Figure 8 shows an alternative supply circuit for VCC based on a voltage level shift. Vcc is determined by Vout
minus the value of VZ + VBE with typically 0.5 V drop on R1. On startup as Vout rises it must exceed VZ + VBE +
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Design and selection of passive components
0.5 + VCCON before the IR11688 gate drives are enabled (the voltage drop through RVCC is negligible since
RVCC≤10 Ω). This prevents possible shoot through from occurring due to the gates potentially being switched
on due to ringing oscillations during start up.
3.2
MOT resistor calculation
The MOT is linear in relation to the resistor value RMOT, the following formula can be used to determine the
required value:
RMOT = 5⋅1010 t MOT
(1)
The value of RMOT should not be lower than the minimum recommended on the datasheet.
3.3
Gate driver resistor
Since IR11688 based synchronous rectification turns the SR MOSFETs on and off at VDS levels close to zero,
the gate resistors do not have an impact on the transitions and can be designed in order for the gate loop to
be optimized and oscillations should be minimized as much as possible in regular operations. Therefore,
assuming the total gate trace loop inductance (Lg) is known, (a first order estimation can be 1 nH/mm of
physical trace length), the minimum recommended gate resistor will be:
Rg loop > 2
Lg
(2)
Ciss
where Ciss is the input capacitance from the MOSFET datasheet. It is evident how a correctly optimized
layout can dramatically reduce the gate resistance requirement.
Rgloop is the total resistance in the gate charge loop:
Rgloop = Rdown + RgFET + Rg
(3)
Rdown is the internal pull down resistance of the IR11688 gate drivers; RgFET is the internal gate resistance of
the SR MOSFET and Rg is the external gate resistor. Typical values of Rdown and RgFET are good enough for this
calculation.
Rearranging the equation gives:
Rg = Rgloop − RgFET − Rdown
(4)
3.4
Gate resistor and IC power loss calculation
To calculate IR11688 current consumption the gate charge of the synchronous MOSFETs needs to be
determined. The secondary current initially flows through the body diode of each SR MOSFET, which will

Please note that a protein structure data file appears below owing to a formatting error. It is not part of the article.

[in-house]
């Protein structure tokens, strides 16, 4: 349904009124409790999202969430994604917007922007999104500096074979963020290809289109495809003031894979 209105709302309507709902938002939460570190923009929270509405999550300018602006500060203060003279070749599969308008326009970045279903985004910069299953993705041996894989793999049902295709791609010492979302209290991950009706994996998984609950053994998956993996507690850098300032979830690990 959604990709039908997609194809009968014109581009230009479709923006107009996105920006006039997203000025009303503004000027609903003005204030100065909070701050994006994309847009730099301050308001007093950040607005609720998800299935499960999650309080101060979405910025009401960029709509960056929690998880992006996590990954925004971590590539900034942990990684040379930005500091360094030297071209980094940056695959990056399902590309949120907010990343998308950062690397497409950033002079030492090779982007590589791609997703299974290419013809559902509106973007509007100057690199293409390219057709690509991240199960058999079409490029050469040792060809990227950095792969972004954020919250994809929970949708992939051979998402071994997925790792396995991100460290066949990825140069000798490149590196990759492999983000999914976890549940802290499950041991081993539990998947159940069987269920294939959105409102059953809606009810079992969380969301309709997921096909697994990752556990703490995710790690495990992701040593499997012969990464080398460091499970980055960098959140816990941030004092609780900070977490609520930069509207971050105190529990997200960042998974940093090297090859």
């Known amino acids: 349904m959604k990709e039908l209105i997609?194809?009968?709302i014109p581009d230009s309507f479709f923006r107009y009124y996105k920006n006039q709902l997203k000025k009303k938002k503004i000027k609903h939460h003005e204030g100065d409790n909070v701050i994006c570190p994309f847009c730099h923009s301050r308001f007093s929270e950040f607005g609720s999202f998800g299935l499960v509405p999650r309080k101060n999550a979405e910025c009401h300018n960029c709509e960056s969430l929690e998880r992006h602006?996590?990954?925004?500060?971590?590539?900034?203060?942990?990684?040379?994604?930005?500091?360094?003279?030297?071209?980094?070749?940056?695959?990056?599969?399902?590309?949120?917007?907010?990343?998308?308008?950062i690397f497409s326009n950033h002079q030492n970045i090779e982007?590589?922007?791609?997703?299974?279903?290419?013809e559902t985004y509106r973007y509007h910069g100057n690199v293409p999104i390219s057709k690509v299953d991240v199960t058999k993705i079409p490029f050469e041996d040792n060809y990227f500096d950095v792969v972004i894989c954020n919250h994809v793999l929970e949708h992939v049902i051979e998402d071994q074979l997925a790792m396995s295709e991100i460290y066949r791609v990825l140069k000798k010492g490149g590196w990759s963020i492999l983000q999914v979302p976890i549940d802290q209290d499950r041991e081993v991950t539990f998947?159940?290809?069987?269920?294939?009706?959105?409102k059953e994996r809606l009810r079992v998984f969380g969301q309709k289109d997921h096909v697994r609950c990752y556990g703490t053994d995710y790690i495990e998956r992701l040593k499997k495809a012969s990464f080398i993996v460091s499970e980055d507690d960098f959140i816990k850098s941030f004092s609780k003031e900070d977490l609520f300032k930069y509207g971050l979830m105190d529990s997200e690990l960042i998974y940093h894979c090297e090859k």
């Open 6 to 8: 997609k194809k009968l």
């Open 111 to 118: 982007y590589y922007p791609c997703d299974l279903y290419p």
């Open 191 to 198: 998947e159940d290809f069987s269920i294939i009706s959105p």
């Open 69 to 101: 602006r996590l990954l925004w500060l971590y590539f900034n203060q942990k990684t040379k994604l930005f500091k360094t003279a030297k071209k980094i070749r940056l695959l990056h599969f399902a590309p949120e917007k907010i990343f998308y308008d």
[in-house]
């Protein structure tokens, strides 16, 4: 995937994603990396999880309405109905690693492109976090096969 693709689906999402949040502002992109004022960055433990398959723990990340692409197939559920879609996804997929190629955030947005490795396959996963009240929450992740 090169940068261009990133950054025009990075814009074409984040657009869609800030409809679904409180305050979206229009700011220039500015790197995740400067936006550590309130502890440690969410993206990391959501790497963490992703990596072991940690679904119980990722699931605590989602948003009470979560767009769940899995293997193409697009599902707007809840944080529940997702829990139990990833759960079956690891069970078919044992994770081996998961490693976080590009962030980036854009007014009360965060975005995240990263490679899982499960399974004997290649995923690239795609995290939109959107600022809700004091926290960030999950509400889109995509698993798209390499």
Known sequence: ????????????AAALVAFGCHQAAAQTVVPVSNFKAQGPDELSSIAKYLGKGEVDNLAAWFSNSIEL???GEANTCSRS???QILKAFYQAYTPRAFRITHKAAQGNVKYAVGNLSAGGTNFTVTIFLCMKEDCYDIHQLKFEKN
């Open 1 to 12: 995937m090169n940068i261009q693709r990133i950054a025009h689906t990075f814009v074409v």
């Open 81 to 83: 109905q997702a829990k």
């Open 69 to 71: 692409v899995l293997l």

therefore be turned on in ZVS mode. In zero-voltage switching operation the MOSFET behaves like a
constant capacitance load (Csync) connected to the IC gate drive output because the variation of Csync with VGS
is negligible.
The following diagram shows how the normal gate characteristics (Magenta) change when the switch is
turned on at zero voltage (Blue). The gate plateau is effectively eliminated:
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Figure 9
MOSFET gate equivalent capacitance in ZVS mode
C sync =
(Qg − Q gd − Q gs )
(5)
Vgs − Vm
Vgs is the gate voltage where Qg, Qgd and Qgs are tested. In most datasheets it is specified as 10 V. Vm is the
Miller plateau voltage. If two or more MOSFETs are connected in parallel, the above capacitance is
multiplied by the number of devices.
The IC operating current can be calculated from the following equation:
I CC = I QCC + 2 ⋅ f SW C syncVcc + (0.285 ⋅ Vcc − 0.425) ⋅ 10 −9 f SW
(6)
where fSW is the converter switching frequency. The first term is the quiescent current of the IR11688 in active
mode. The second term is gate driver loss due to the synchronous MOSFET equivalent capacitance, while
the third term accounts for the IC internal logic consumption during regular operation (the frequency
dependent current requirements for the internal logic).
Not all the gate driver losses are dissipated in the IR11688. Losses are actually shared between the IC
package, the external gate resistor and the MOSFET gate resistor. These resistances are in series in the gate
driver loop, which means they will proportionally share the power dissipation.
The total power dissipated by the driver and the total gate resistance is calculated as follows. Calculations
are based on a single channel.
2
(7)
Pdr = C sync ⋅ Vcc ⋅ f SW max
The driver buffer and the gate resistance will linearly share this power dissipation as described in the
following relationship:

R g + RgFET
R g + R gFET
PRg ext = 
+
R +R
R g + R gFET + RSink
gFET + RSource
 g
 Pdr
⋅
 2

(8)
Solving this equation with respect to Rgext (which includes the external gate resistor Rg and the MOSFET
internal gate resistance RgFET), it is possible to determine the percentage of the total driving power
dissipated in the gate resistor as a function of its value. Notice that in the IR11688 datasheet, pull up ( rup )
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Design and selection of passive components
and pull down ( rdown ) resistances are defined. For the above calculations, we use RSink = 2rdown and
RSource = 2 rup in order to allow for temperature drift and process variation.
The power loss in the IR11688 can now be calculated as: